David S. Levine presents at intellectual property seminar, IP speaker series
The associate professor at Elon Law addressed the Defend Trade Secrets Act of 2016 at an October program co-sponsored by the Virginia CLE and the Intellectual Property Section of the Virginia State Bar, and he discussed "confidentiality creep" at an event hosted by Marquette Law.
Elon Law Associate Professor David S. Levine traveled to Williamsburg, Virginia, in October for the 28th Annual Intellectual Property Seminar: The Evolving Landscape of IP, co-hosted by the Virginia CLE and the Intellectual Property Section of the Virginia State Bar.
Levine addressed the legal implications of the Defend Trade Secrets Act of 2016, legislation that generated concerns from Levine and other scholars in recent years as it worked its way through Congress. His Oct. 22 presentation assisted lawyers from across the state who work in intellectual privacy, trade secrets, and privacy.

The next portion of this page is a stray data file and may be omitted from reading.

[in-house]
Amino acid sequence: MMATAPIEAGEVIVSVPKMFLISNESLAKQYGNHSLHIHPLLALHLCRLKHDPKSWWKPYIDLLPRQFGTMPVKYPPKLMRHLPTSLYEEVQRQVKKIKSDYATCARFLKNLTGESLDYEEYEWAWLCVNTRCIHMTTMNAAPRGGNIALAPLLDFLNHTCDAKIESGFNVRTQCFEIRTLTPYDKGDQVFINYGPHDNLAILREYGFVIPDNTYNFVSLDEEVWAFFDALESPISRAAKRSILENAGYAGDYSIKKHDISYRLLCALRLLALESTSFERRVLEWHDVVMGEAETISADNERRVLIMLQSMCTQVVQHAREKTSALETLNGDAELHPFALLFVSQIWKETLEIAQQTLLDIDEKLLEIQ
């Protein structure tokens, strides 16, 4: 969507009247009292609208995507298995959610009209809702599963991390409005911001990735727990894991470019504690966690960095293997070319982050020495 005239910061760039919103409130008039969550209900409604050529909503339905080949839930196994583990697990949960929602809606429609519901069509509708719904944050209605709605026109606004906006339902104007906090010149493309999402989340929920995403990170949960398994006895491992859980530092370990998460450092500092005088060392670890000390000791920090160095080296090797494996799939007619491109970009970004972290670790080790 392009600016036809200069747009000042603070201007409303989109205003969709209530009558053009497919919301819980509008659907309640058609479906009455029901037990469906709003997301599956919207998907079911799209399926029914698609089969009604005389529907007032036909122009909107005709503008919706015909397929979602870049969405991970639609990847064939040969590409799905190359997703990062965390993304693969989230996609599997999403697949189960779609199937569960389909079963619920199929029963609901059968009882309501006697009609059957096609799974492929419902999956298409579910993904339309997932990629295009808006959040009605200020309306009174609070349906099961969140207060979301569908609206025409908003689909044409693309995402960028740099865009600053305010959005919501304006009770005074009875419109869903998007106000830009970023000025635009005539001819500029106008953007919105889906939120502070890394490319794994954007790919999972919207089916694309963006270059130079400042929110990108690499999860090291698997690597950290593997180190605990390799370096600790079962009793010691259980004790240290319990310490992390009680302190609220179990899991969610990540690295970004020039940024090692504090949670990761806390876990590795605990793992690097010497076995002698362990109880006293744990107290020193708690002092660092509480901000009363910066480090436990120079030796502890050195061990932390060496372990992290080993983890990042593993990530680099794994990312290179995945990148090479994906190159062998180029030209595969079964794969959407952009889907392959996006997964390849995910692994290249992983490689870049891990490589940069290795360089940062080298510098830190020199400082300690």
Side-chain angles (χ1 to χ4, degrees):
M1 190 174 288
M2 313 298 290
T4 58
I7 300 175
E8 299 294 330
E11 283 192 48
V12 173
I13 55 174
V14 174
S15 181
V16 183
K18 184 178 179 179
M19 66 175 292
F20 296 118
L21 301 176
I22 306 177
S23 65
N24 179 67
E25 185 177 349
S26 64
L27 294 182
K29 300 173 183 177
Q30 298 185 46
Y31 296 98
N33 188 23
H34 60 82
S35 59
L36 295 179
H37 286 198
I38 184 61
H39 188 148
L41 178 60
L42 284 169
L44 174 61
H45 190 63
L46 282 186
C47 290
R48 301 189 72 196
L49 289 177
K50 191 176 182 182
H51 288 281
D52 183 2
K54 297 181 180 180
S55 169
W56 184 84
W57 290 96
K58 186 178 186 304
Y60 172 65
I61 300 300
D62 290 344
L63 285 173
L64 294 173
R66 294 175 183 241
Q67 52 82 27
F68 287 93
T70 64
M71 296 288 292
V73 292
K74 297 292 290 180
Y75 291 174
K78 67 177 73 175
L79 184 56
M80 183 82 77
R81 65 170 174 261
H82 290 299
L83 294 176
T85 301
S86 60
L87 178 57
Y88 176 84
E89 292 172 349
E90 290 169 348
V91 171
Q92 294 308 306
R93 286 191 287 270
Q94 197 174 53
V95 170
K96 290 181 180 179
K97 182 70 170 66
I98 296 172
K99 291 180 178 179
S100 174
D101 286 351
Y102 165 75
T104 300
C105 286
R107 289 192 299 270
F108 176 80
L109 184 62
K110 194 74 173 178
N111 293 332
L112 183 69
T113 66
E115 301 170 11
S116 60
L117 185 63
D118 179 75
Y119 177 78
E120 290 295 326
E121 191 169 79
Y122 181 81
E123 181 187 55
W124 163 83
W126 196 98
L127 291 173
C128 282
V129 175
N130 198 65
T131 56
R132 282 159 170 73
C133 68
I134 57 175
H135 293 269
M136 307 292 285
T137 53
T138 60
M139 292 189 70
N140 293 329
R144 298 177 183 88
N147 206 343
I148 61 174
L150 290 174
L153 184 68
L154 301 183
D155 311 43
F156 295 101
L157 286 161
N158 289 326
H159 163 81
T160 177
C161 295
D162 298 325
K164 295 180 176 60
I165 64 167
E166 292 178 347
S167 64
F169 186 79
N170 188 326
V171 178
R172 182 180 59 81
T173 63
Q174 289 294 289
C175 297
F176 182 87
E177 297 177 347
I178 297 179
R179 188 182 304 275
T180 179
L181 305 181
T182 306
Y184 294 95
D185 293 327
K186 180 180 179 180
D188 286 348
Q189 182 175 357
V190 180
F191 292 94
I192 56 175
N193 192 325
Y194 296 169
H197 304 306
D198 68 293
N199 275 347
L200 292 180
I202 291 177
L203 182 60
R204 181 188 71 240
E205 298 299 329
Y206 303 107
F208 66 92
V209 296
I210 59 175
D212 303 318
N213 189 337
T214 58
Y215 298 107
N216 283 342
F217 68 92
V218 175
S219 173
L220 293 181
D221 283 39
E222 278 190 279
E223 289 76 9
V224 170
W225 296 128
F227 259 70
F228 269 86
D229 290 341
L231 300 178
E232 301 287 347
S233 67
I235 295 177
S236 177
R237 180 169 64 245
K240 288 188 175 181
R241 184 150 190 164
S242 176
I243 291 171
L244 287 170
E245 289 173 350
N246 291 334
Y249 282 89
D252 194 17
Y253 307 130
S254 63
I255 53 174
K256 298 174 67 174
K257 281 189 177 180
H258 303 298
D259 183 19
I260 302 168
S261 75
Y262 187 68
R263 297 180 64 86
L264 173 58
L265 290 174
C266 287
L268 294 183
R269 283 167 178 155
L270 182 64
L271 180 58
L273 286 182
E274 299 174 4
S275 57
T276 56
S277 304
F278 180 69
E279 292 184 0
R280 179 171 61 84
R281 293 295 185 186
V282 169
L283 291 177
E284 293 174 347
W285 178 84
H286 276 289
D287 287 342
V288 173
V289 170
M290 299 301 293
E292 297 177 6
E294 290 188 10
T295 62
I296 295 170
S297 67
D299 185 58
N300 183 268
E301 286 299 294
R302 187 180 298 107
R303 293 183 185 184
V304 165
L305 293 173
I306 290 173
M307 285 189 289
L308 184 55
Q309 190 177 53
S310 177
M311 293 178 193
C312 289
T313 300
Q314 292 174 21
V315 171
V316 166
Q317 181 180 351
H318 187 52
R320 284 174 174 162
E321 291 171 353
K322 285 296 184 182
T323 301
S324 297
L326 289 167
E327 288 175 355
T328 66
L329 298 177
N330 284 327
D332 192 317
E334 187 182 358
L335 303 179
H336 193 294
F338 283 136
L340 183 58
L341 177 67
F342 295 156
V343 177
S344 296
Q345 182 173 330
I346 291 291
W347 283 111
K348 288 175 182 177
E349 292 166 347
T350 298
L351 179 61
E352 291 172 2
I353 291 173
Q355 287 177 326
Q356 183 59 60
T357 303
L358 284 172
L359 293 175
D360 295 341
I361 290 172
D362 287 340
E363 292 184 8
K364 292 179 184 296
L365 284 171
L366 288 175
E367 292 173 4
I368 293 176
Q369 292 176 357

Levine also spoke Oct. 28 at Marquette University School of Law in Wisconsin. His address, “Confidentiality Creep, Opportunistic Privacy and Dual-Use Secrecy: The Professions in an Age of Information Capture,” was part of Marquette Law's IP Colloquium Speaker Series.
Levine is a 2015-2016 Visiting Research Collaborator at Princeton University's Center for Information Technology Policy. He is also the founder and host of Hearsay Culture on KZSU-FM, an information policy, intellectual property law and technology talk show named as a top five podcast in the ABA's Blawg 100 of 2008.
His scholarship focuses on the operation of intellectual property law at the intersection of technology and public life, specifically information flows in the lawmaking and regulatory process and intellectual property law's impact on public and private secrecy, transparency and accountability.